IMS Common Cartridge – IMS CC understands teaching and is designed to allow remixing, but since it is focused on maintaining interoperability of content, it is rather conservative in its scope. It is expanding its scope slowly but it needs to speed up if it is to become a real OER format that teachers would author their original courses in IMS CC. Also there are no good free open source tools that read and write IMS CC. CLosed source tools are better than nothing, but leave innovation in the hands of the software owners.

Connexions CNXML – This is a good start as a format, but it is far too wrapped up in the specialized server code developed by Connexions. Also, the CNXML is a little too focused on book-style resources and sequential ordering. CNXML would need to evolve to be able to represent the wider ranger of interoperable OER materials. I wish Connexions would be funded to start over and build a portable desktop application for authoring and then put a much simpler server infrastructure behind it rather than putting all the rich capabilities in their server software.

PowerPoint – rocks but its pedagogy is a bit limiting.


What would the software look like? Frankly the closest I have seen to the right software is SoftChalk ( It is a word-processor like interface, uses its own internal format, but can export to SCORM, IMSCC, HTML and many other formats.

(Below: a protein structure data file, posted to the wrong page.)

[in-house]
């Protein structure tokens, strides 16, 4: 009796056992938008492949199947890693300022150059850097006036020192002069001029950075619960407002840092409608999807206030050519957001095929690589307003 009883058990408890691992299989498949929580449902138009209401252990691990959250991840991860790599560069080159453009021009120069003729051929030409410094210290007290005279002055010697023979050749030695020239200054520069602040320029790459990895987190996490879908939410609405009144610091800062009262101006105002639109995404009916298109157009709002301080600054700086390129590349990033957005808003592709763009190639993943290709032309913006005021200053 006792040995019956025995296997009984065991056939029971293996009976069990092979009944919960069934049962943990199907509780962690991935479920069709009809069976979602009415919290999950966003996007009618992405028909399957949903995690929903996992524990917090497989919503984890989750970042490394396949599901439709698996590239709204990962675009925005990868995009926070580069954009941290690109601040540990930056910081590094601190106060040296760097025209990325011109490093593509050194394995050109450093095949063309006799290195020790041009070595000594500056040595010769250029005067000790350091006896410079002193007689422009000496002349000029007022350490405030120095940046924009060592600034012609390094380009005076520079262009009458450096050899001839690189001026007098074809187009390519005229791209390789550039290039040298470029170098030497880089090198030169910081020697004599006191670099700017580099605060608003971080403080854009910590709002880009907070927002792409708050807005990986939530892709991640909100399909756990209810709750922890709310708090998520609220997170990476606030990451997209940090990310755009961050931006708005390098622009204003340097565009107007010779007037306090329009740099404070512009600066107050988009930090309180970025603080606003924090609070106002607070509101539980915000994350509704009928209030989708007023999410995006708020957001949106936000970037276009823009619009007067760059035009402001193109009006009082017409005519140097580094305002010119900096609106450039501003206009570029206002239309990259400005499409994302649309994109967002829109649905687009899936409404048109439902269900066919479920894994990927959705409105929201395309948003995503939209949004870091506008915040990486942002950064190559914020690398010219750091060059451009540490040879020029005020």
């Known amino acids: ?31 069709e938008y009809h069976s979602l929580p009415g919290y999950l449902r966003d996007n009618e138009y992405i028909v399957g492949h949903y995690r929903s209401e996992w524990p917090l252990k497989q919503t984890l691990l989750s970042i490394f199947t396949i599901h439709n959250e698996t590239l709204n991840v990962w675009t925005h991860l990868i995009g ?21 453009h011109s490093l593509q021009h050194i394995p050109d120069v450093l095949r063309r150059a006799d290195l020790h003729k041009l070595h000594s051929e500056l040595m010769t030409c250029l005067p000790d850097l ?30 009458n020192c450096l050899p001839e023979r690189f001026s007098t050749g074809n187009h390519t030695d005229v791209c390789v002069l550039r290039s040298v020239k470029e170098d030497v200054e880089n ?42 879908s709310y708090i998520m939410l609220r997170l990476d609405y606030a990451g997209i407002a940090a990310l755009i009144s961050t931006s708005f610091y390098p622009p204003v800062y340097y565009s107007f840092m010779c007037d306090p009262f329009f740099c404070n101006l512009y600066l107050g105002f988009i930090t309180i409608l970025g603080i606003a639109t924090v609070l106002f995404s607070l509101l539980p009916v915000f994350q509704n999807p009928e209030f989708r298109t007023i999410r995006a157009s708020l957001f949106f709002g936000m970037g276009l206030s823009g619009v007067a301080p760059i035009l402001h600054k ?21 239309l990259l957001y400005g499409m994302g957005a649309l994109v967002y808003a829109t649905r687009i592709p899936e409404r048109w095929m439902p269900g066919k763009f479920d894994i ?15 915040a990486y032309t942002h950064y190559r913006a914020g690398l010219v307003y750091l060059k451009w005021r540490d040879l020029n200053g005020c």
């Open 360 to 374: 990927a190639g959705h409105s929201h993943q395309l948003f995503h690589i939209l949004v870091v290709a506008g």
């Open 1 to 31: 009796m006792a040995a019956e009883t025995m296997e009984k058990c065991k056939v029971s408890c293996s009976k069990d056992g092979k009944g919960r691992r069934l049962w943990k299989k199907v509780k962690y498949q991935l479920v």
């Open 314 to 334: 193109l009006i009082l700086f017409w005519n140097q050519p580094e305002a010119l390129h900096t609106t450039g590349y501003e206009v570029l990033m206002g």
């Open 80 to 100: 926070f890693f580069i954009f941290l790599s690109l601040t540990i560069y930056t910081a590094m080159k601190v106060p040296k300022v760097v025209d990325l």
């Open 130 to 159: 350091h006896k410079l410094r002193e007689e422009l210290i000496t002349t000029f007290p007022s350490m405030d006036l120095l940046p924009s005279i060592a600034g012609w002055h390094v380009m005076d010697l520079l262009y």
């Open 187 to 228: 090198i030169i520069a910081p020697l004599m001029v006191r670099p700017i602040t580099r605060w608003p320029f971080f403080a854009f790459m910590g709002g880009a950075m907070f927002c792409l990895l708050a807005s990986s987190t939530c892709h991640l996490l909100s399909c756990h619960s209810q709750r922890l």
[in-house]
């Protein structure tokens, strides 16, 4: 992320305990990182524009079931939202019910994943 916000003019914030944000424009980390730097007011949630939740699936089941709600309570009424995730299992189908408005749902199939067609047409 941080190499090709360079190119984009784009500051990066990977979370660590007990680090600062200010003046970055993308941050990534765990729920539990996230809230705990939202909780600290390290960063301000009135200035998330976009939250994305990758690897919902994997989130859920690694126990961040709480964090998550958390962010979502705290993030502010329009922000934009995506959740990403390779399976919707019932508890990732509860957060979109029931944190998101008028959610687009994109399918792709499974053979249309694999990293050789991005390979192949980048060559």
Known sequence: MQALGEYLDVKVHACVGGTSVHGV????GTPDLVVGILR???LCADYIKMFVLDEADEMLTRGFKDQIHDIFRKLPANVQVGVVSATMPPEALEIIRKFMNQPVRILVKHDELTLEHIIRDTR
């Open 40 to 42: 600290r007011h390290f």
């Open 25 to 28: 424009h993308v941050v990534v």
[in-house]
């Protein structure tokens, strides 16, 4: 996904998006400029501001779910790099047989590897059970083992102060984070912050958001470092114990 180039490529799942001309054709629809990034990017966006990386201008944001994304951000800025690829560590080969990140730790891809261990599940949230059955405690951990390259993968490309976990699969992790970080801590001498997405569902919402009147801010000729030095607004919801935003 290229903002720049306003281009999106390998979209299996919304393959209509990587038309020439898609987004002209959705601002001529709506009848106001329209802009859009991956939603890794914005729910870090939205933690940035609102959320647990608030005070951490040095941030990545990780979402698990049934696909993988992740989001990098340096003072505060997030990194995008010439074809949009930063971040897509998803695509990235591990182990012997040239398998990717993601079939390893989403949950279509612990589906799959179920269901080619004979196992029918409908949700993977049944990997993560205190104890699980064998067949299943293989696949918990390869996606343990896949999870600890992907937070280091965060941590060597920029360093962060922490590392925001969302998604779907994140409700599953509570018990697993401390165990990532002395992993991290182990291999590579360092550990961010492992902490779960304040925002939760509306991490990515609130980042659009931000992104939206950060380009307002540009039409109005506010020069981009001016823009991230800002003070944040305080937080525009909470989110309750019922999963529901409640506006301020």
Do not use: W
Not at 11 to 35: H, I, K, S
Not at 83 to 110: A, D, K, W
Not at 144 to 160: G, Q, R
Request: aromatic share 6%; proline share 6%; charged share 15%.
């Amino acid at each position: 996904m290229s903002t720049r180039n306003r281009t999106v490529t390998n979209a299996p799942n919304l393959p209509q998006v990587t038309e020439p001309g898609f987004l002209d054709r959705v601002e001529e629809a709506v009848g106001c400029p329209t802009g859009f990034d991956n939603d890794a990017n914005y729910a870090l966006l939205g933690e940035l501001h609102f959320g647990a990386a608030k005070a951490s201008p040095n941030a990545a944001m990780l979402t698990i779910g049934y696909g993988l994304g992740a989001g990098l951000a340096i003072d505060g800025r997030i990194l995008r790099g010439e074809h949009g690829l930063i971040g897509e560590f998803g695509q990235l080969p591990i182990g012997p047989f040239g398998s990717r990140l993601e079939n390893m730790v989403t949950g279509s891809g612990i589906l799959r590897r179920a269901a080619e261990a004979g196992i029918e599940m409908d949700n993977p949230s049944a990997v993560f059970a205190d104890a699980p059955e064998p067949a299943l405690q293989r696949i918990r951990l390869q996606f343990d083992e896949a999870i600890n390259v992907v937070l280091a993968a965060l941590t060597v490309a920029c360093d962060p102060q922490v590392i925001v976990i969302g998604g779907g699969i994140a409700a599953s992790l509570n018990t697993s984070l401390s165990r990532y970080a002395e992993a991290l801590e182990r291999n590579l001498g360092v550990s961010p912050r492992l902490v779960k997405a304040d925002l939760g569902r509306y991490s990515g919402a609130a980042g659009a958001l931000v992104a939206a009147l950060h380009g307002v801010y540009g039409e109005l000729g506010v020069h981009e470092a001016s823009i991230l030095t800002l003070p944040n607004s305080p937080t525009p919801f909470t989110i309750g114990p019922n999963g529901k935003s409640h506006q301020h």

The weakness of SoftChalk is that it is commercial and as such its requirements are driven by what sells. And OER is not a significant enough marketplace yet to cause commercial product roadmaps to bend in the right direction.

So I think we need to write our own.


Building such a format and software to support the format would take an amazing leap of faith. It would take millions of pounds/euros/dollars to jump-start such a project to the point that it worked well enough to build a self-sustaining community of users and developers who could maintain and innovate in the space.

Given that all the funding seems to be going to building another repository or analyzing usage logs, it is not likely this will ever get funded. But that is the nice thing about grand challenges – they stay grand.

P.S. The second biggest problem is the ability to link content together around learning objects like Khan Academy and enable highly dynamic learning paths through content with great tracking. Maybe the other great challenge is an open, extensible version of Khan Academy.